LONDON — Neal’s Yard Remedies is cozying up to customers where they live, as part of its growth strategy.
The natural treatment brand is considering expanding its home-selling business to English-language markets, including Australia, South Africa and New Zealand, after it began selling its products via consultant-hosted parties in the U.K. and the U.S. earlier this year.
“We wanted to get to places like Scotland, for example, where you can’t get as much penetration with stores as you can with home shopping or the Internet,” said company chairman Peter Kindersley, adding the home-shopping channel offers an opportunity to stake a claim on a market without a massive initial investment. “We see it as a great way into the U.S.”
After having only a small U.S. presence for a number of years, Neal’s Yard is available in 30 states since its associates began selling there on Sept. 14. (In the U.S., the home-selling business is called NYR Organic.)
“It’s going extremely well. We’re very pleased,” said Kindersley, noting the timing was right for such a move despite the economic downturn, since people are still concerned about the environment and interested in learning about natural skin care.
“With home selling, we can speak with the customer for two hours, whereas it’s a tall order to have as much as six minutes with them in stores,” said Kindersley, who acquired 85 percent of Neal’s Yard in 2005 and then the remainder of the business in 2007. “That way we have the ability to explain the brand to them.”
Through the home-shopping channel, Neal’s Yard is selling 120 references — mainly from its skin care lineup as well as some essential oils.
“We give the associates training on the products, on how to hold a party and attract business,” said Kindersley, who has prior experience of home selling via the Dorling Kindersley publishing business he cofounded. “Home selling is one of the largest growing micro businesses in the world. Through it, a brand can be associated with empowering people to live the types of lives they want to live.”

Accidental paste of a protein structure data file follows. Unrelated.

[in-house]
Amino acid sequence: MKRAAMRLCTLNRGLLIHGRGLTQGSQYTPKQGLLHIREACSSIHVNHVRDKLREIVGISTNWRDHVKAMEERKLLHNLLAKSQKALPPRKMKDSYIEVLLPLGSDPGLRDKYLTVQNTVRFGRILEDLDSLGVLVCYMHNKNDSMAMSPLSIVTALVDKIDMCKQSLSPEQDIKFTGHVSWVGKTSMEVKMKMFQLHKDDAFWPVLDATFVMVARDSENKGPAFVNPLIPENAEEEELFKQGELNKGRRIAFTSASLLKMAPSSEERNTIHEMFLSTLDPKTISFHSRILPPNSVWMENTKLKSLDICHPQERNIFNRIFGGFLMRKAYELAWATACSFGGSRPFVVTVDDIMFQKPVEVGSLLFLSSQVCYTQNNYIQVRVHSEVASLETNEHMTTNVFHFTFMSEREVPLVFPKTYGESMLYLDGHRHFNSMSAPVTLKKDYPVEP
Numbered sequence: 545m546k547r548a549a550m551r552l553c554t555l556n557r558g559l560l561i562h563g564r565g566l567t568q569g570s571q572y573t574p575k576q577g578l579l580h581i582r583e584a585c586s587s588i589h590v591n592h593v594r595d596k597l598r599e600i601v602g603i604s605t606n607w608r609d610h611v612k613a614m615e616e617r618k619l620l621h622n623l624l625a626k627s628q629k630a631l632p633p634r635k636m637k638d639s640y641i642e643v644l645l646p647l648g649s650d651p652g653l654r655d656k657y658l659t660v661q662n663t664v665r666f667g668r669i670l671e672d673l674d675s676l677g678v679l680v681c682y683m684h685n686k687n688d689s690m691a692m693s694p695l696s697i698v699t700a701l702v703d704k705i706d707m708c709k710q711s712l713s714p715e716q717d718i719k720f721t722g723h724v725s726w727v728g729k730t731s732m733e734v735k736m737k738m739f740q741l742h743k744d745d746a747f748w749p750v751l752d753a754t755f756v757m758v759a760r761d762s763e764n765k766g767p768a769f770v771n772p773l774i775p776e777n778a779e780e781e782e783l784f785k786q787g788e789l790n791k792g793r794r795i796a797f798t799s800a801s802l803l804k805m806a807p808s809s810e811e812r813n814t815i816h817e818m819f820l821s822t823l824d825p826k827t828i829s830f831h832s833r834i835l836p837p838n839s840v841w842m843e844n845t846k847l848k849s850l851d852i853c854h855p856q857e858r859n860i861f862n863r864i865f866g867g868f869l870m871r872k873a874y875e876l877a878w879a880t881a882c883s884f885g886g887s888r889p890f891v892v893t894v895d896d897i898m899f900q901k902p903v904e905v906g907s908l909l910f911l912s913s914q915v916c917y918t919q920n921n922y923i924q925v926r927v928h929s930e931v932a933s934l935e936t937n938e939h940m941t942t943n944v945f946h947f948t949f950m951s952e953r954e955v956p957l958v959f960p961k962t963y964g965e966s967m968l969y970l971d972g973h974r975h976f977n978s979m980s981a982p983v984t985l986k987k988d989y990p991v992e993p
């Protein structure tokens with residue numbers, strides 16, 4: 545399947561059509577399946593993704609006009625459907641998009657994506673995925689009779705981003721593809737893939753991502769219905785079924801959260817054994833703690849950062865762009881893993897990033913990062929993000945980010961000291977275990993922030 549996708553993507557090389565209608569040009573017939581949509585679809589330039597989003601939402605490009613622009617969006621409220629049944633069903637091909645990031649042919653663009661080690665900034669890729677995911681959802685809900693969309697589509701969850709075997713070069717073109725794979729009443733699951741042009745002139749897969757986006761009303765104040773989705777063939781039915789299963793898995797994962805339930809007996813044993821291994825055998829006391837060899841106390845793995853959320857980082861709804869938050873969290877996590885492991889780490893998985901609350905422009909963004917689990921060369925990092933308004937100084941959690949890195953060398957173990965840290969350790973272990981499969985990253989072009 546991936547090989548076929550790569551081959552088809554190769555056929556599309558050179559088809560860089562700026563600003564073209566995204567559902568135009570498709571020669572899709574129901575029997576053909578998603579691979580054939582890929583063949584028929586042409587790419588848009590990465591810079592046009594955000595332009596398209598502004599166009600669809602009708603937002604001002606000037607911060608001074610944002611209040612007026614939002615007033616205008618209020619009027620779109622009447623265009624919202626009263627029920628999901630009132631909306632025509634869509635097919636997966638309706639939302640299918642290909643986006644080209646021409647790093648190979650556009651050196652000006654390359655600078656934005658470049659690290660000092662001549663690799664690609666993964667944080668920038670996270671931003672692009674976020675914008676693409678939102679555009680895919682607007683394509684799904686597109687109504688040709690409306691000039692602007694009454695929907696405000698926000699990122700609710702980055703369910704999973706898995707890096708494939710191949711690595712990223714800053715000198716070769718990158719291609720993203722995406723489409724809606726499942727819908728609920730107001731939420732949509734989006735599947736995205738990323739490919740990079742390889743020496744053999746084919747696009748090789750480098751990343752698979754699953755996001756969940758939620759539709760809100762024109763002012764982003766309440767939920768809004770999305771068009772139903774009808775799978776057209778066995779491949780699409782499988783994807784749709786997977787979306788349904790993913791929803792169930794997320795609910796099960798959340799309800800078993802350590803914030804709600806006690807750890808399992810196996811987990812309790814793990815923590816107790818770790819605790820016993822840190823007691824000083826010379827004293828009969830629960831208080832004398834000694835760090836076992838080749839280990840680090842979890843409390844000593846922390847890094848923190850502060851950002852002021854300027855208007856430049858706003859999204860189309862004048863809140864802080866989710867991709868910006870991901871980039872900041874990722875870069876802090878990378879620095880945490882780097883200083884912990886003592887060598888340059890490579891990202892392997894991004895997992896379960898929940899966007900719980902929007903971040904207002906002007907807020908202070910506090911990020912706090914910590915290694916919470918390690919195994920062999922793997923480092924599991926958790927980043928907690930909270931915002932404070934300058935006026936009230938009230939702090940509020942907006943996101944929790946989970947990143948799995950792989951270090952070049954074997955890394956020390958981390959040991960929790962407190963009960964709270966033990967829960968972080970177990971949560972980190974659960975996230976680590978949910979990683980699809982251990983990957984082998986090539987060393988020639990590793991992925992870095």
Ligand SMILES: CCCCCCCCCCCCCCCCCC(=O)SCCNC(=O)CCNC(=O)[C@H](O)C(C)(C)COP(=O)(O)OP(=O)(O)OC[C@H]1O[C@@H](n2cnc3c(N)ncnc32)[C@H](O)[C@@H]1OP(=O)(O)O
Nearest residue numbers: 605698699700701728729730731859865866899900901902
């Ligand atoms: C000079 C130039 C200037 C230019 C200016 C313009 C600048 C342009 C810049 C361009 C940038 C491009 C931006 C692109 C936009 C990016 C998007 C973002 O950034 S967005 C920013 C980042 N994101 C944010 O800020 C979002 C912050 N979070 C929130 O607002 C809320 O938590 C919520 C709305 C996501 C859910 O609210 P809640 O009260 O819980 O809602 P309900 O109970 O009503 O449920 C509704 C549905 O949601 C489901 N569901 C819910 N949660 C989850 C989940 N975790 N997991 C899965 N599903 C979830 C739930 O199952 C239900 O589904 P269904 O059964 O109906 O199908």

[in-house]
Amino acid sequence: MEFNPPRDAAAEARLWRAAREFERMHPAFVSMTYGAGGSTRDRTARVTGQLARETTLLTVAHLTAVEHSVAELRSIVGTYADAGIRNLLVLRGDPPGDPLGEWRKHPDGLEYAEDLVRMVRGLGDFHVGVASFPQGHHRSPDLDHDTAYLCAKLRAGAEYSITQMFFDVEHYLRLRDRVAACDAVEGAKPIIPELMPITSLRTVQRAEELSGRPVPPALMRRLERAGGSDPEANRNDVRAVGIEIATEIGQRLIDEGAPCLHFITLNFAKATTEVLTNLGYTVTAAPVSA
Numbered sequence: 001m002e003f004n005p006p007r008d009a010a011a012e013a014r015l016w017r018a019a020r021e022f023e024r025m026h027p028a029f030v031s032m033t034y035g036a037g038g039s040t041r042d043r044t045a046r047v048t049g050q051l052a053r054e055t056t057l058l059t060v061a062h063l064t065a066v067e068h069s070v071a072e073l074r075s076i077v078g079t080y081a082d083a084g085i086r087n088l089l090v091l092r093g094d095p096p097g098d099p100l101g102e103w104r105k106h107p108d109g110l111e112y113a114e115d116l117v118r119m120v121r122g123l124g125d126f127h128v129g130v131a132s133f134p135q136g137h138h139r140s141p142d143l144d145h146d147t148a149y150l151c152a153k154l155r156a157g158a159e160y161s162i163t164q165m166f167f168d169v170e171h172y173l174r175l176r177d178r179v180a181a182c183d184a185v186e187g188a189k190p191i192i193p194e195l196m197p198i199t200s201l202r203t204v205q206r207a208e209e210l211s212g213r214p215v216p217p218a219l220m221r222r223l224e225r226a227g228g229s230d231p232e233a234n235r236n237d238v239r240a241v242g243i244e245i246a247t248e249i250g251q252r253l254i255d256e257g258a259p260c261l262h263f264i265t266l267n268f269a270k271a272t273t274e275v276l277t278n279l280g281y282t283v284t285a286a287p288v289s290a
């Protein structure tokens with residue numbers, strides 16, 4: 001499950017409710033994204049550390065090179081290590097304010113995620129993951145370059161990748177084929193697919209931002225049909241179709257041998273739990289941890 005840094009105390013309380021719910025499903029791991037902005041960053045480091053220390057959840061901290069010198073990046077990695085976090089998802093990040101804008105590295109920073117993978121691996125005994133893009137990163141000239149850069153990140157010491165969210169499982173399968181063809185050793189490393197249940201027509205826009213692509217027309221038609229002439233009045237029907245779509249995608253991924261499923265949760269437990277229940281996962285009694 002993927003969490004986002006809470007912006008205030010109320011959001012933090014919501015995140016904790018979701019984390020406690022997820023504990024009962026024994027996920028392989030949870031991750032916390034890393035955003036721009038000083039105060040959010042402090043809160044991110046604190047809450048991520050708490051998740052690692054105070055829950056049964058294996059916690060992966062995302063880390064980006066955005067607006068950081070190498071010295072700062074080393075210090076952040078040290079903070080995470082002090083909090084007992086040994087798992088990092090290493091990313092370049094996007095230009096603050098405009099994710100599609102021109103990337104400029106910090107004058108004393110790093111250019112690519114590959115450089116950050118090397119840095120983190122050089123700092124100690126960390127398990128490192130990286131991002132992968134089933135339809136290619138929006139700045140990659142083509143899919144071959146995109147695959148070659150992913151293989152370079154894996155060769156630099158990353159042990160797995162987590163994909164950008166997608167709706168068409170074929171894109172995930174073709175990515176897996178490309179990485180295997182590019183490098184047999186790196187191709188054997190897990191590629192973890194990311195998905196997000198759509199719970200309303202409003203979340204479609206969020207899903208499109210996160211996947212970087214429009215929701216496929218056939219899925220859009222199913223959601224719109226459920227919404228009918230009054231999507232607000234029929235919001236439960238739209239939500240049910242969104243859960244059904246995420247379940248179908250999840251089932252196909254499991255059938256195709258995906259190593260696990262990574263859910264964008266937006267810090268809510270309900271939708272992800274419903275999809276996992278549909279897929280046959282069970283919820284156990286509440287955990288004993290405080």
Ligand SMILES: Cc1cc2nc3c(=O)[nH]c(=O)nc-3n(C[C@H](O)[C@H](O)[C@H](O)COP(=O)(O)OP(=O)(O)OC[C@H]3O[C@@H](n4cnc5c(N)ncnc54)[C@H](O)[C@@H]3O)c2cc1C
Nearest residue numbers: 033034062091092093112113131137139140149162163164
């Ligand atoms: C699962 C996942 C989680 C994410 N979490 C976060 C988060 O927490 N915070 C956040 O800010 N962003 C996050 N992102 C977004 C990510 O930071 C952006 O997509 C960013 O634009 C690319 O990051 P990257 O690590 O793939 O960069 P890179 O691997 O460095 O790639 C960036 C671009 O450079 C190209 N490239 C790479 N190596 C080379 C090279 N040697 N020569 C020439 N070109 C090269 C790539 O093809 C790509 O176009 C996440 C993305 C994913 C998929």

On average, a Neal’s Yard party comprises seven guests and generates sales of 330 pounds to 350 pounds, or $541 to $573 at current exchange.
“The home-selling channel works well outside urban settings,” said Shirin Valipour, Neal’s Yard’s marketing director. “[In this economic climate] it’s also good to have a presence in multiple channels.”
The move into home shopping follows a year of retail expansion for Neal’s Yard, which opened nine stores in the U.K., including the Organic Beauty Spa on the storied King’s Road in London. It also introduced a 13-unit treatment line for men and revamped its baby-oriented offering.
“This year is about home selling and the U.S.,” said Valipour. “We want them to be consolidated perfectly before expanding further.”
Neal’s Yard is also looking to open stores in the U.S. in the medium term, ideally in New York, Los Angeles and San Francisco. Rollout plans for mainland Europe are also on the cards in the coming years.
Kindersley is projecting sales growth in the region of 20 percent for 2009, which would see the brand’s revenues hit 17 million pounds, or $27.8 million.
Today, Neal’s Yard’s own stores and franchises generate about 65 percent of its sales; direct selling via its catalogue and the Internet, 11 percent; international business, 10 percent; wholesale, 10 percent, and home selling, 3 percent.